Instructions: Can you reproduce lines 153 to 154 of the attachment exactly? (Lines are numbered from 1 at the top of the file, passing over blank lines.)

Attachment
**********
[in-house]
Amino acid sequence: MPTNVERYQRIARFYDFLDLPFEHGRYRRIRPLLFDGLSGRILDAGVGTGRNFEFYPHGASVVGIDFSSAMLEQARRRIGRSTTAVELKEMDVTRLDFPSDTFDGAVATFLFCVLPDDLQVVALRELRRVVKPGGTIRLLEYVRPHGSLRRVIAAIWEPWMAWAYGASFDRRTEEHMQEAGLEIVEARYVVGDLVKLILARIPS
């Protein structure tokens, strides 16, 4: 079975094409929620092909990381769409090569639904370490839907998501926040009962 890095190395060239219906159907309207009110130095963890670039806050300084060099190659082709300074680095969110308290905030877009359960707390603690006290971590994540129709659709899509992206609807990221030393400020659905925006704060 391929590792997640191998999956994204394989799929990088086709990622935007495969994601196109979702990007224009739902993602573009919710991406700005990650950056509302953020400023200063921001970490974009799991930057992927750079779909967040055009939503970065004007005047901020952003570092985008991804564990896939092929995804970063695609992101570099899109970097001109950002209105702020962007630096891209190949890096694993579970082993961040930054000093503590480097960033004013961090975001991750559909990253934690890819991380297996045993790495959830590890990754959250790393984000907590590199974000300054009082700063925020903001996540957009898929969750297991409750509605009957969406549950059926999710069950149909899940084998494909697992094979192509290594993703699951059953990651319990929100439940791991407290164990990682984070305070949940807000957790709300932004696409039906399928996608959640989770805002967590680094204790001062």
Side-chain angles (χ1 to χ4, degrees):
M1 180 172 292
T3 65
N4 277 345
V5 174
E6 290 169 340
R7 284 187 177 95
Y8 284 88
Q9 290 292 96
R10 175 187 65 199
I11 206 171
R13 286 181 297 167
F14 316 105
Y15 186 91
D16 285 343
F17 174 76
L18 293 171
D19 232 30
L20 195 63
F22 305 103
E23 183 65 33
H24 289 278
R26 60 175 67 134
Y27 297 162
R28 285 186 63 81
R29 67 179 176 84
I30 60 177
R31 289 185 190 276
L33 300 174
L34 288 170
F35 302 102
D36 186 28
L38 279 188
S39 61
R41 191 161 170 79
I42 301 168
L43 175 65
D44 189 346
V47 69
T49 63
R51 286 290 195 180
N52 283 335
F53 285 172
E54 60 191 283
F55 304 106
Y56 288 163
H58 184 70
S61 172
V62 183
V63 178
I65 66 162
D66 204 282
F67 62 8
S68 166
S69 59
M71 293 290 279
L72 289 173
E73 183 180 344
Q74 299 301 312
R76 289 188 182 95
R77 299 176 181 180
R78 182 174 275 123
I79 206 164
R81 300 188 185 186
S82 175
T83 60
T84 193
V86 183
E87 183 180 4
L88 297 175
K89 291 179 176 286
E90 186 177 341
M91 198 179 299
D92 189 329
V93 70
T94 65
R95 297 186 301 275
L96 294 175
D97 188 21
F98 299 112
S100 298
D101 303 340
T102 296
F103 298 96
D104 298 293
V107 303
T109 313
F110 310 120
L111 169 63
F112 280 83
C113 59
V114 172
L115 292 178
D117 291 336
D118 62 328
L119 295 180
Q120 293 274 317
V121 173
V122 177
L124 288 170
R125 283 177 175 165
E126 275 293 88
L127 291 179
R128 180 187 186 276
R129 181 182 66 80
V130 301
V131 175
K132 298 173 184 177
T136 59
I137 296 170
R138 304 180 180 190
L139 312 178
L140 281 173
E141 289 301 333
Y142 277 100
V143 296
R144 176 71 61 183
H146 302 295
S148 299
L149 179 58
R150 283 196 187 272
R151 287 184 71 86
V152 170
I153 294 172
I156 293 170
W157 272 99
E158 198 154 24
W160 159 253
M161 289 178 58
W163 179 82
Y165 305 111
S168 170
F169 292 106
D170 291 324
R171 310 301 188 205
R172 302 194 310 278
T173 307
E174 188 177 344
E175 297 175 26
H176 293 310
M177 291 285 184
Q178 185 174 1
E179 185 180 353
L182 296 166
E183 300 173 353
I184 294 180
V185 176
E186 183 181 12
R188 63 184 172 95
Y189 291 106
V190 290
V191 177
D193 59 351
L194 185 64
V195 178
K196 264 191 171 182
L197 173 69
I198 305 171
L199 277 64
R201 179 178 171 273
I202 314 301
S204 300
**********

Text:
Y189 291 106
V190 290